High School Student Develops A Mind-Controlled Prosthetic Arm

17-year-old Benjamin Choi used his time during the pandemic to invent a low-cost gadget that uses artificial intelligence to interpret brain waves.

High School Student Develops A Mind-Controlled Prosthetic Arm

Benjamin Choi put his spare time in the pandemic to good use — by inventing an affordable mind-controlled prosthetic arm.What's more, Choi is only 17 years old and still in high school.

The prosthetic arm is controlled by an artificial intelligence algorithm that interprets the user's brain waves. "I was really inspired to make this when I watched the 60 Minutes documentary on mind-controlled prosthetics. I was really amazed by the life-changing applications of this technology," said Choi. "But I was also alarmed because current brain-controlled prosthetics, they require this really risky, open-brain surgery, and they can cost in the hundreds of thousands of dollars to produce."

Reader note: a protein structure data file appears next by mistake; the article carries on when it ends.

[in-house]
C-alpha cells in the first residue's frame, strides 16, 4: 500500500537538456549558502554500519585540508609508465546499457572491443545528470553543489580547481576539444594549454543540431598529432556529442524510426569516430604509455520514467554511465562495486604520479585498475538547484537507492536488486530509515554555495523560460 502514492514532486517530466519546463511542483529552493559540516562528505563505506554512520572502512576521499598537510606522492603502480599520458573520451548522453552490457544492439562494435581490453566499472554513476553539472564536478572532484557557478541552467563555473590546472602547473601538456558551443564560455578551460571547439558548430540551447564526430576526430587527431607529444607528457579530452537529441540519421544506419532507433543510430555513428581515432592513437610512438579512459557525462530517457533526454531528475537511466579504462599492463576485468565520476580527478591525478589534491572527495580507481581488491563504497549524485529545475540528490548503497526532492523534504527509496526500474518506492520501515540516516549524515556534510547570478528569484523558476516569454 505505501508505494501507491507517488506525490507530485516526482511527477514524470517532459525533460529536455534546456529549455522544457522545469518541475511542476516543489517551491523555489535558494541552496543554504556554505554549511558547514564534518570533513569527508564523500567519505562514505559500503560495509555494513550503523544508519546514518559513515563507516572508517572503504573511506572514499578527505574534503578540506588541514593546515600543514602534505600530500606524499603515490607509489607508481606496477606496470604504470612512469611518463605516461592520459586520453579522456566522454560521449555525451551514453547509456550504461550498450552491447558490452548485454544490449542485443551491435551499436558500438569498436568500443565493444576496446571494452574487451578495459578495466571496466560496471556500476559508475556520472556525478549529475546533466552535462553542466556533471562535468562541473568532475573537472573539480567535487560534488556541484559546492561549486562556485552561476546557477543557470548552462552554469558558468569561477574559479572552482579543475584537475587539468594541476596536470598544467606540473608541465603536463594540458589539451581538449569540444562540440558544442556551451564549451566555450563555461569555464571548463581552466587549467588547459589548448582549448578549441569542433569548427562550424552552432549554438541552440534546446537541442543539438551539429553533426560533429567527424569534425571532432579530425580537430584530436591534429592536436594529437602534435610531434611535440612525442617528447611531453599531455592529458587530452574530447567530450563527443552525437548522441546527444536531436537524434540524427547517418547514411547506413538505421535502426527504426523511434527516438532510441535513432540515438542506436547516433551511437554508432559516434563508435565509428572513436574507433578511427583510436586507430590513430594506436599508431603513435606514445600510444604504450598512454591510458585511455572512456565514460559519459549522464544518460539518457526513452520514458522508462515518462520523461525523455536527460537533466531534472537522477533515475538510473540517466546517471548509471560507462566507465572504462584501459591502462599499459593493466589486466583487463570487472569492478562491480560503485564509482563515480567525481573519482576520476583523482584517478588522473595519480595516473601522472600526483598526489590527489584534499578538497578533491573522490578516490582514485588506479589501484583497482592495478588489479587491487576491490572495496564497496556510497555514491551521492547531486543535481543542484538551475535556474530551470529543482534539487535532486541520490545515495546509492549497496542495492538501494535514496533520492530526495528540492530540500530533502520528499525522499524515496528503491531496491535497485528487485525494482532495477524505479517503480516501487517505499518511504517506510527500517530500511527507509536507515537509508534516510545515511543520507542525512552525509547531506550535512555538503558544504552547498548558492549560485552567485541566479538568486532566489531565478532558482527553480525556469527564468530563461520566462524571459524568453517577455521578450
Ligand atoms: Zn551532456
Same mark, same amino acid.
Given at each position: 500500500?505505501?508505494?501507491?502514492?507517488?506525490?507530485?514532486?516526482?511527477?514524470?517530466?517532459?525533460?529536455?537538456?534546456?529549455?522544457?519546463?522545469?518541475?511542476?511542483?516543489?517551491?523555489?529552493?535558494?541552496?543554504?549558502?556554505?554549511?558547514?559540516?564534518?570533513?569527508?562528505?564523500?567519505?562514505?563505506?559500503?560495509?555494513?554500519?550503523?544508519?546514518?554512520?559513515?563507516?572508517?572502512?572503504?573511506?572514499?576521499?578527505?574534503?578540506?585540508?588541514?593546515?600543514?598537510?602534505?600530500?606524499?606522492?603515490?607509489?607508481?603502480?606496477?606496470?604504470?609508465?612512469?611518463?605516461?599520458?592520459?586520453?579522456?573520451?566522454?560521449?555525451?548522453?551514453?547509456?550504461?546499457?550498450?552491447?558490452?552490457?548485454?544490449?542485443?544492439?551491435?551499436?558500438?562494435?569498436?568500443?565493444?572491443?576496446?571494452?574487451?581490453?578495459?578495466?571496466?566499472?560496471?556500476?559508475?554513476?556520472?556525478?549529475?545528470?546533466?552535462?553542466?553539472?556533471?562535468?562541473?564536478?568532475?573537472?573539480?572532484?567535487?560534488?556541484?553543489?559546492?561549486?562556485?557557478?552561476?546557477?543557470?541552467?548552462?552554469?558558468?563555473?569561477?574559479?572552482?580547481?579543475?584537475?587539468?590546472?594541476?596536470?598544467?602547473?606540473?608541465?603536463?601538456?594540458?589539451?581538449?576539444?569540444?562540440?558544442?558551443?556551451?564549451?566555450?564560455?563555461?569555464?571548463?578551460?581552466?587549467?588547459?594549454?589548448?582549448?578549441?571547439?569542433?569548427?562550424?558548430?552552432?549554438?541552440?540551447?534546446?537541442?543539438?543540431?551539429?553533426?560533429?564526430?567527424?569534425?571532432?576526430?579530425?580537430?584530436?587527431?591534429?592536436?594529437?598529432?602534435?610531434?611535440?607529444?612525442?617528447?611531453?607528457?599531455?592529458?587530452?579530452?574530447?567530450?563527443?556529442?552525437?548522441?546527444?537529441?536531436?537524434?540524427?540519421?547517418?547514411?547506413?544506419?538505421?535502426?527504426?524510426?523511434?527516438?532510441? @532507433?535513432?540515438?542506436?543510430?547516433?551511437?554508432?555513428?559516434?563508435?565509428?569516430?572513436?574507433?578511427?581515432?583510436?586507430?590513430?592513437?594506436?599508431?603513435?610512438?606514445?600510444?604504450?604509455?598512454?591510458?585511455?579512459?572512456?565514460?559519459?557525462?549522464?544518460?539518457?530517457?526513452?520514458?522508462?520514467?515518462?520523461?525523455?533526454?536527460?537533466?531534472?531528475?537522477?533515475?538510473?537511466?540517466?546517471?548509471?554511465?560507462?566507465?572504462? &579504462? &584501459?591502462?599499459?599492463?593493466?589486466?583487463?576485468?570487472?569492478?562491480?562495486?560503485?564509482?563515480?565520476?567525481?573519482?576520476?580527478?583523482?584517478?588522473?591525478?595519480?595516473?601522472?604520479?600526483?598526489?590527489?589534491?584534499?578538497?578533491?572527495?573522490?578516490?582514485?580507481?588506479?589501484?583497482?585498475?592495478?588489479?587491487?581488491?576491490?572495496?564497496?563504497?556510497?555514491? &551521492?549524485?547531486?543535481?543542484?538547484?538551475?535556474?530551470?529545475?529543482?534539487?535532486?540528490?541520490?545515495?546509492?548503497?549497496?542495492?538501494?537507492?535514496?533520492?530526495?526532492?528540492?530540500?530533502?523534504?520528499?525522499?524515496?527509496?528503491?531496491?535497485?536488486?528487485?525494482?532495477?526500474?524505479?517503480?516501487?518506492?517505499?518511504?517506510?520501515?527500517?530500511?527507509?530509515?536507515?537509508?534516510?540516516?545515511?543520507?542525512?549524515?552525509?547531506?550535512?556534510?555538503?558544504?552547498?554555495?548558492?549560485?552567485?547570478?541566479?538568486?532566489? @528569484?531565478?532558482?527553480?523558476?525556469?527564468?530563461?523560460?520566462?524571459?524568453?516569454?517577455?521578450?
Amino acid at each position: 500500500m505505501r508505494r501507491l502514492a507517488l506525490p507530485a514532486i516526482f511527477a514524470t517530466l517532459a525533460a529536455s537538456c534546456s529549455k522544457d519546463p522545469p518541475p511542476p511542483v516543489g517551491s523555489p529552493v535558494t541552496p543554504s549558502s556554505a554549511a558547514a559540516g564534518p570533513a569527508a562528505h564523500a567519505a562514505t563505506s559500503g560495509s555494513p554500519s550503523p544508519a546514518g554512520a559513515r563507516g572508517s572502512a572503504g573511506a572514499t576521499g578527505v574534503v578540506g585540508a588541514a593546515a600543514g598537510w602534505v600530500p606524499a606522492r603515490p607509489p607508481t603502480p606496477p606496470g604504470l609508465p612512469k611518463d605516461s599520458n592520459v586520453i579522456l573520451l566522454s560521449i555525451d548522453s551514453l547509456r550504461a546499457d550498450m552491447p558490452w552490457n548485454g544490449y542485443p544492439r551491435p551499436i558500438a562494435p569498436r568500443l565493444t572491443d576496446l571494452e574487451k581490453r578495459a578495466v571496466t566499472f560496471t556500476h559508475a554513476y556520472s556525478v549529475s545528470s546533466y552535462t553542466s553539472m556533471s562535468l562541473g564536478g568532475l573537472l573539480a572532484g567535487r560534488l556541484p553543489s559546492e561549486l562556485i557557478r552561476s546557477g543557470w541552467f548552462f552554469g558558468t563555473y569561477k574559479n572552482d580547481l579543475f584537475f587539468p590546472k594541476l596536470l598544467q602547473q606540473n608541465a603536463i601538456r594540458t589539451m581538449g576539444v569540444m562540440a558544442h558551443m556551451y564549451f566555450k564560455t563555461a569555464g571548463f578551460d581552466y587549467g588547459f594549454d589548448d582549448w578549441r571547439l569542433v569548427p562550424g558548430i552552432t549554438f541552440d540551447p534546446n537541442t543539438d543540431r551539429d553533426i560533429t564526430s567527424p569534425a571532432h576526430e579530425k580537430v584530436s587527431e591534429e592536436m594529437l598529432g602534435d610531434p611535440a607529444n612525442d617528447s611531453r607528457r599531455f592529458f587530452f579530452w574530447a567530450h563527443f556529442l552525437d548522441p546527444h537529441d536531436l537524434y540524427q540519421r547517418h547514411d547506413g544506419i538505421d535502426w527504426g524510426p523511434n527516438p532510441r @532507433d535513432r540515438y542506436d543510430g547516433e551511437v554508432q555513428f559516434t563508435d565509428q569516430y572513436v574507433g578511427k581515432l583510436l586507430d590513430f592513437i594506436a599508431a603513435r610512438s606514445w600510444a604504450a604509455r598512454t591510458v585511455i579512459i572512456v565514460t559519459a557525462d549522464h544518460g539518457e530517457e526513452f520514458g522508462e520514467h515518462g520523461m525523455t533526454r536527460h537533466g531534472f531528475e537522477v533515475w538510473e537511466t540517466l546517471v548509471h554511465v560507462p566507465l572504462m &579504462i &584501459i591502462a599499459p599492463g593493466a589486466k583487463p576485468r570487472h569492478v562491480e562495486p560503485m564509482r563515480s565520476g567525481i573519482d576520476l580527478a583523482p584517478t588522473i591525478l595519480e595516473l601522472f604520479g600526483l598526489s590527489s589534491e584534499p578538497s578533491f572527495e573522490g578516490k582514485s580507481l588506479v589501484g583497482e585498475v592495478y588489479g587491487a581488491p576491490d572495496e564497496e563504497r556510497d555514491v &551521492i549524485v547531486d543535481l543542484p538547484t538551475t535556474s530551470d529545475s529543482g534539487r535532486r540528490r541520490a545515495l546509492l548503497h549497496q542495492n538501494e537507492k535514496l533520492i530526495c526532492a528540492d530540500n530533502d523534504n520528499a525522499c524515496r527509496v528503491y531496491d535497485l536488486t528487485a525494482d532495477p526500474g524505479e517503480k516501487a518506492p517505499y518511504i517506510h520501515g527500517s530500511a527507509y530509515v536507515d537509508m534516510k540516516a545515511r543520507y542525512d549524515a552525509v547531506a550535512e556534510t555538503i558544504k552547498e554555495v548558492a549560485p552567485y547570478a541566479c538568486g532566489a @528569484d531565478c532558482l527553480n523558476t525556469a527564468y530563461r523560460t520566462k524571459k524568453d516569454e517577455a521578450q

Man works on a prosthetic leg.

New Technology Aims To Give People More Control Over Their Prosthetics

Researchers are working on devices that would allow people to feel what their prosthetic limb is feeling.


Choi said his goal was to create something less invasive and more accessible."The cost of my arm is also only $300 to produce," said Choi. "I've received funding from a lot of organizations. But hopefully, I'm hoping that eventually there are more accessible prosthesis for amputees around the world."

Choi's project has earned him national recognition, and he was a finalist at this year's Regeneron Science Talent Search.